4. bmd watson says:

    But meat is itself a metaphor , so give us a metaphor not metaphor . Sounds like us being granted substantial powers , not substantial powers.

  5. derek hannon says:

    thank god theres some brainy folk about i didna understand a thing here

  6. david steel says:

    now is my idiots understanding of economics true or false.
    We are getting income tax devolved, but essentially no other tax raising powers. If we raise more in income tax from our own citizens then the block grant from Westminster reduces ? Even if it doesn’t reduce due to that, because we haven’t welfare devolved, if tories or red tories (as milliband promised yesterday) continued the austerity agenda and cut welfare spending then the block grant to Scotland would also be cut and we would have to utilise our income tax raising power just to mitigate the effects of the cuts (as we did with the bedroom tax)
    The crux of the matter is that because we did not get the rest of the tax raising powers it means that the Scottish Government has to increase the income tax on individuals to mitigate westminister cuts or make our society generally fairer. This makes us the people a tax cow for the government and in time the people will resent that and you can kiss independence down the swanny.

    NOW – IF you have firstly control of welfare,
    1)you could create a system that was fairer and more balanced with incentives to get folk back to work.
    2)You could implement the minimum wage as the living wage – less working poor , more income tax to spend on welfare
    3) Simpler fairer welfare system that cheaper to operate and administer – start with a blank sheet of paper.
    If you had control of the other tax raising powers
    1) Tax incentives for small and medium home grown businesses
    2) Close the loopholes for the corporate businesses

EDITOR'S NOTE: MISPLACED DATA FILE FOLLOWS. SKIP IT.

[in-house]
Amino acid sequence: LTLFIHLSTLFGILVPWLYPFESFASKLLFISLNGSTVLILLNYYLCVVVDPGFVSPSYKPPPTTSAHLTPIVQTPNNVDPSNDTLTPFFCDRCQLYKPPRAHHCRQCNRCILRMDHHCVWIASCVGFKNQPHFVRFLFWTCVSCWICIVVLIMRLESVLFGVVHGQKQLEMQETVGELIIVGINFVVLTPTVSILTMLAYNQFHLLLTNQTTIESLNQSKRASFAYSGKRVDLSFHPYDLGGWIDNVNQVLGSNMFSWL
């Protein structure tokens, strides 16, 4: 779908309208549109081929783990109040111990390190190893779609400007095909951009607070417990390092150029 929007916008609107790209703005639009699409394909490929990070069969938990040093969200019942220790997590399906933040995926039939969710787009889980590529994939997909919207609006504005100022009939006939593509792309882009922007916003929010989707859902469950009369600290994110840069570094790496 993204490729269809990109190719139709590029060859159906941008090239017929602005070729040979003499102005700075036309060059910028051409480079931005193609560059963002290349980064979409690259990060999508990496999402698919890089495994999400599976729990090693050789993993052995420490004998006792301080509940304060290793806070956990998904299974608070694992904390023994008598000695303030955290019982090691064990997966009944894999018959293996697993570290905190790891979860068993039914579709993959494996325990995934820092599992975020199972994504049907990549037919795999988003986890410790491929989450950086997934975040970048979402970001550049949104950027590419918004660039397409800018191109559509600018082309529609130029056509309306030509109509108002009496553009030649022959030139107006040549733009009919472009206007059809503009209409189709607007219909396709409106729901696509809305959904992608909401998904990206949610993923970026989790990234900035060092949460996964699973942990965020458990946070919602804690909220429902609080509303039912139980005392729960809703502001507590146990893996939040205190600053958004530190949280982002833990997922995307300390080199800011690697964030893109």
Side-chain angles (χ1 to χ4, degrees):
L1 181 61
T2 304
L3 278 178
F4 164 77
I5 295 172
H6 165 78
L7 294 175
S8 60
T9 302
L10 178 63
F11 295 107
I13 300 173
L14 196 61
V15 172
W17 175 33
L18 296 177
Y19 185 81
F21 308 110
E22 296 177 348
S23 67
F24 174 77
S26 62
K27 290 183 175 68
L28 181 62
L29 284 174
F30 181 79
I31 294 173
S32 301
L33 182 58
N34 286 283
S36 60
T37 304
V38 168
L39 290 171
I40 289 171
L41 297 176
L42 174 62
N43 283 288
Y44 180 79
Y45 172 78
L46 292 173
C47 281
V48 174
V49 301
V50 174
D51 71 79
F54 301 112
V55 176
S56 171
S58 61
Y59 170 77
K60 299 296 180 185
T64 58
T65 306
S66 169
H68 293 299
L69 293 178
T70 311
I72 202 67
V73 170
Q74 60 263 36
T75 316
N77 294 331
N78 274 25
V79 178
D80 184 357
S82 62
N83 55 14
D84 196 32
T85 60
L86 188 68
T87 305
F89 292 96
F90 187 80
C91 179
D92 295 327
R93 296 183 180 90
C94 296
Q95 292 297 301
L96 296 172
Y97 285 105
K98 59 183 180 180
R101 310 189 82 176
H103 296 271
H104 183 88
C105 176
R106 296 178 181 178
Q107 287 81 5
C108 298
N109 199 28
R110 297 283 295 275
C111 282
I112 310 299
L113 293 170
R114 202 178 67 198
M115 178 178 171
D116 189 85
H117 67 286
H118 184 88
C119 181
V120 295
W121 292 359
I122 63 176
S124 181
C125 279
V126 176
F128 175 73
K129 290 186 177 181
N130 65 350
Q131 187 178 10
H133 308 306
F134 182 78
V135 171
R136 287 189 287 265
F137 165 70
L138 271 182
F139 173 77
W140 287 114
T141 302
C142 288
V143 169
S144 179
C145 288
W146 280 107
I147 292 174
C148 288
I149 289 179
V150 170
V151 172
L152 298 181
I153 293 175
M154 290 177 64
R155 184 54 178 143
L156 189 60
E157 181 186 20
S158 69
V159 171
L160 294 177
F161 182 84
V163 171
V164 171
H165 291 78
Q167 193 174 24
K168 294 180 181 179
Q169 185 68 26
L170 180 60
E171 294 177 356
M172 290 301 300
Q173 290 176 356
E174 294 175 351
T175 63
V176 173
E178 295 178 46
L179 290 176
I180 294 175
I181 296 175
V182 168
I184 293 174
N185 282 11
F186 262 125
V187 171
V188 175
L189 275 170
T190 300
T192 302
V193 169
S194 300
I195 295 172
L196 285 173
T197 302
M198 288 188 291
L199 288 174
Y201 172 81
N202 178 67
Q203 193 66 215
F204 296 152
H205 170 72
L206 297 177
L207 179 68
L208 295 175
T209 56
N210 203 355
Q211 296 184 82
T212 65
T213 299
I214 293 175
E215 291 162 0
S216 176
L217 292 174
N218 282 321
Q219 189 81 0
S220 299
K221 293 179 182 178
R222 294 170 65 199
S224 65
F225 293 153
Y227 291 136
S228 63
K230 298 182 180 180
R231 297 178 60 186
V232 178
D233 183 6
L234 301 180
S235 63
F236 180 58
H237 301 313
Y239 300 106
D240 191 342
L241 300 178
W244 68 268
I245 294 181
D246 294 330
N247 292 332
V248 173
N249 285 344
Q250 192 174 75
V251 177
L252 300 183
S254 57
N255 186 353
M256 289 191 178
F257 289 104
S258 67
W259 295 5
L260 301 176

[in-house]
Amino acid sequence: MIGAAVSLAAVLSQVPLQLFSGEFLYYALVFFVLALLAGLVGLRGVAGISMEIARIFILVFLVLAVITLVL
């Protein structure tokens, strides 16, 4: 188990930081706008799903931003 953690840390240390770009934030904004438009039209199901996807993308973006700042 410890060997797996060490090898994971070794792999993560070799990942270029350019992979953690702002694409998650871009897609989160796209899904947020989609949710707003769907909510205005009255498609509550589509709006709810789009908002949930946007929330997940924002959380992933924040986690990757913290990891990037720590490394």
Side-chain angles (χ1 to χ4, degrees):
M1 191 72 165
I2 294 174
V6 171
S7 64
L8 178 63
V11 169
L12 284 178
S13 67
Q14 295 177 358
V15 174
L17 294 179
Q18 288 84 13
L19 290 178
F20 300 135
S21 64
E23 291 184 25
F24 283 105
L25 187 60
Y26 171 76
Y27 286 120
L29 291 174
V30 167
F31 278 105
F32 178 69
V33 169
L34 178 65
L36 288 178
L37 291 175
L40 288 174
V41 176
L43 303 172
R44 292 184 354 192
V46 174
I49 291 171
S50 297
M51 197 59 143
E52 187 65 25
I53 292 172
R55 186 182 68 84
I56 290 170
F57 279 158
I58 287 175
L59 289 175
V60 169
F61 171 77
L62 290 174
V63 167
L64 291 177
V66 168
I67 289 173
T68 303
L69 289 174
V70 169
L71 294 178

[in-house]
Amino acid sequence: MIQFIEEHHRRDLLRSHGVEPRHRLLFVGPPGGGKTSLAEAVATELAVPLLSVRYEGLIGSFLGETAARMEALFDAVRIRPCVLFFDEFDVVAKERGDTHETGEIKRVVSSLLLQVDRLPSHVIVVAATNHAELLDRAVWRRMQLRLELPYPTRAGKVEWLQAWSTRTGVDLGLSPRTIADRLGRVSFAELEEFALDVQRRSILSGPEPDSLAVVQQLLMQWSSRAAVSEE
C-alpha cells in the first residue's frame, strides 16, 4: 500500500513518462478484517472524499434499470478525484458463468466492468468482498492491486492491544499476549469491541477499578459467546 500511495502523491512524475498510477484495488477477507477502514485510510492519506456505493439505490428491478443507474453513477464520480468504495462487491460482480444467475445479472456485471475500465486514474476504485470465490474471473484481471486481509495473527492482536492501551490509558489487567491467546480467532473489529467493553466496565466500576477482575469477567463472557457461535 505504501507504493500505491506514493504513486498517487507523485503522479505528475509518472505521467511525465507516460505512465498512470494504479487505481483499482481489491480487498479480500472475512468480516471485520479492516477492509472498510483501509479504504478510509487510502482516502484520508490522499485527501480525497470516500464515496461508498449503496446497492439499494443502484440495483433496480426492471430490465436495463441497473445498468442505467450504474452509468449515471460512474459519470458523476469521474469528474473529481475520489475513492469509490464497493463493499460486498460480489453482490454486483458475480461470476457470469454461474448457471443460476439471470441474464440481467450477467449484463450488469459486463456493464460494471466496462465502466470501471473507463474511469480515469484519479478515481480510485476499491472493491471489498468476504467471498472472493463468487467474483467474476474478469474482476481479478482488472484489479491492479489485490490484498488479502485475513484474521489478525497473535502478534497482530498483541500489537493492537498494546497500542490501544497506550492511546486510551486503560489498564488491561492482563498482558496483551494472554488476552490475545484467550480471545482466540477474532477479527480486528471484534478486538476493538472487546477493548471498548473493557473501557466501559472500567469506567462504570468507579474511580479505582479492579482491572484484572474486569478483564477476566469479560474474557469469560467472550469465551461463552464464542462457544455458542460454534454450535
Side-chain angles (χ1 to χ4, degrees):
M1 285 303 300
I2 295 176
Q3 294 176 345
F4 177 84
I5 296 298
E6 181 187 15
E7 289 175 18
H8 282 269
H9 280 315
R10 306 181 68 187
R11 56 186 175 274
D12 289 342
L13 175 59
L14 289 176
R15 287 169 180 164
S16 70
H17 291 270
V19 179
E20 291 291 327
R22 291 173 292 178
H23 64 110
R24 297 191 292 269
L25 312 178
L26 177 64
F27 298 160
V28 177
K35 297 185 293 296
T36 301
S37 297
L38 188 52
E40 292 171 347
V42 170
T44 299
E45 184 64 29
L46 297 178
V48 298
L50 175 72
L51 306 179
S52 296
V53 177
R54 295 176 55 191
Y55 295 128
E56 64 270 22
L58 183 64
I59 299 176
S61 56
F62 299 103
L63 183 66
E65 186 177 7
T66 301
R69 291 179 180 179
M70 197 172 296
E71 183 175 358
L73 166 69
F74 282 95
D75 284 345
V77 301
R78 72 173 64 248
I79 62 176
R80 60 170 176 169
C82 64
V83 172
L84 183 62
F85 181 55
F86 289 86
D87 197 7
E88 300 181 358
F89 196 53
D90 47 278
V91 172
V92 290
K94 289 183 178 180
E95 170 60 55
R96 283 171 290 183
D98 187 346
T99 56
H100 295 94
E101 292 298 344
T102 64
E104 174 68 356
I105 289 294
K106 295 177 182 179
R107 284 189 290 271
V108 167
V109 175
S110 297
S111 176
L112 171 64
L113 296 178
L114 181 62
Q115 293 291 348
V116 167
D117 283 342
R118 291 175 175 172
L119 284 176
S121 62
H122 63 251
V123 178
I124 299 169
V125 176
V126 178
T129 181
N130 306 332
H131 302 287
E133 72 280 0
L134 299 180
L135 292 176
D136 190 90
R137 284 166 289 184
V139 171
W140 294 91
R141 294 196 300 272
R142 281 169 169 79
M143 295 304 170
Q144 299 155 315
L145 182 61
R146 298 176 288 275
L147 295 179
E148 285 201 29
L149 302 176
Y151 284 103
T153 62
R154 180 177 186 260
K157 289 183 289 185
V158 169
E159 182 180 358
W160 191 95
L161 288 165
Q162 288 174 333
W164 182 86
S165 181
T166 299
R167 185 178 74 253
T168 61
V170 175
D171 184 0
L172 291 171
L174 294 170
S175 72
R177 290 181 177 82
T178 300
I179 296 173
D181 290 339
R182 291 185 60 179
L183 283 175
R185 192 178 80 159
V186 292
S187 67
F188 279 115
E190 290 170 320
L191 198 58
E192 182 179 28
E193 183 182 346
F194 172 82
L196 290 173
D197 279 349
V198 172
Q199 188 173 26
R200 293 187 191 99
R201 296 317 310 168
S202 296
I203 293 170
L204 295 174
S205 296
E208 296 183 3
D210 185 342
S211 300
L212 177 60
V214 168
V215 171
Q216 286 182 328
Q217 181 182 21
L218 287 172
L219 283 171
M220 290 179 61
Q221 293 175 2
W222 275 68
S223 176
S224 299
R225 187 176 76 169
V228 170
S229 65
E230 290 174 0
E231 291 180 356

3) Control over NI and pension provision
    4) etc etc

    In other words with the other tax raising powers , we could grow our economy , get more folk back to well paid work in proper jobs (not zero hours) thus reducing welfare spending leaving MORE money in the pot for our essential services without taxing the backsides out of our citizenry to provide even a basic level of fairness through society.

    We NEED the other powers or else we will be stitched up by westminister cuts & austerity – The only way to avoid that is by a huge block of indy MPs trading for the extra devolved powers after the next GE.

  7. I completely agree with David Steel. I think he sums it up really well. I believe that it is essential for the independence movement to emphasise that equality makes good economic sense. If done sensibly, money spent on benefits, childcare, health and education will grow the economy.

  8. MBC says:

    I don’t have much grasp of economics either.

    But what I do grasp is that the tax yield from any tax, including income tax, will vary from year to year, though estimations of its likely yield can be made. So without the ability to borrow to make up any unexpected shortfall, the Scottish Government would find it is unable to pay for the NHS in Scotland, for example. With the block grant, you didn’t have that uncertainty. With income tax being devolved, and being deducted from the block grant, it’s going to make calculating the block grant difficult and introduce instability into the Scottish budget.

    Income tax yields differ from year to year because people die who then are no longer employed or pay their taxes, jobs are also lost and new jobs are created. Many pensioners pay income tax even if they are no longer working. If they die, that’s lost. Young people reach working age and start working and paying income tax.

    Osborne thought he would have more in income tax this year as a result of the economy ‘recovering’. But what the twat didn’t realise is that in the austerity Britain he is creating, these were all low-paid jobs which didn’t pay much income tax. Thus he’s had to borrow another £11.5 billion in September just to keep going. The national debt now stands at £1.5 trillion, and rising.

    Another issue is that high earners are smart and have recourse to tax avoidance advice. (There’s tax avoidance and tax evasion. The former is the legal avoidance of tax by playing the rules of the system, the latter is illegal). So taxing high earners differently from England might actually result in the yield from them going down, as they will just claim to be resident in Berwick or somewhere across the border.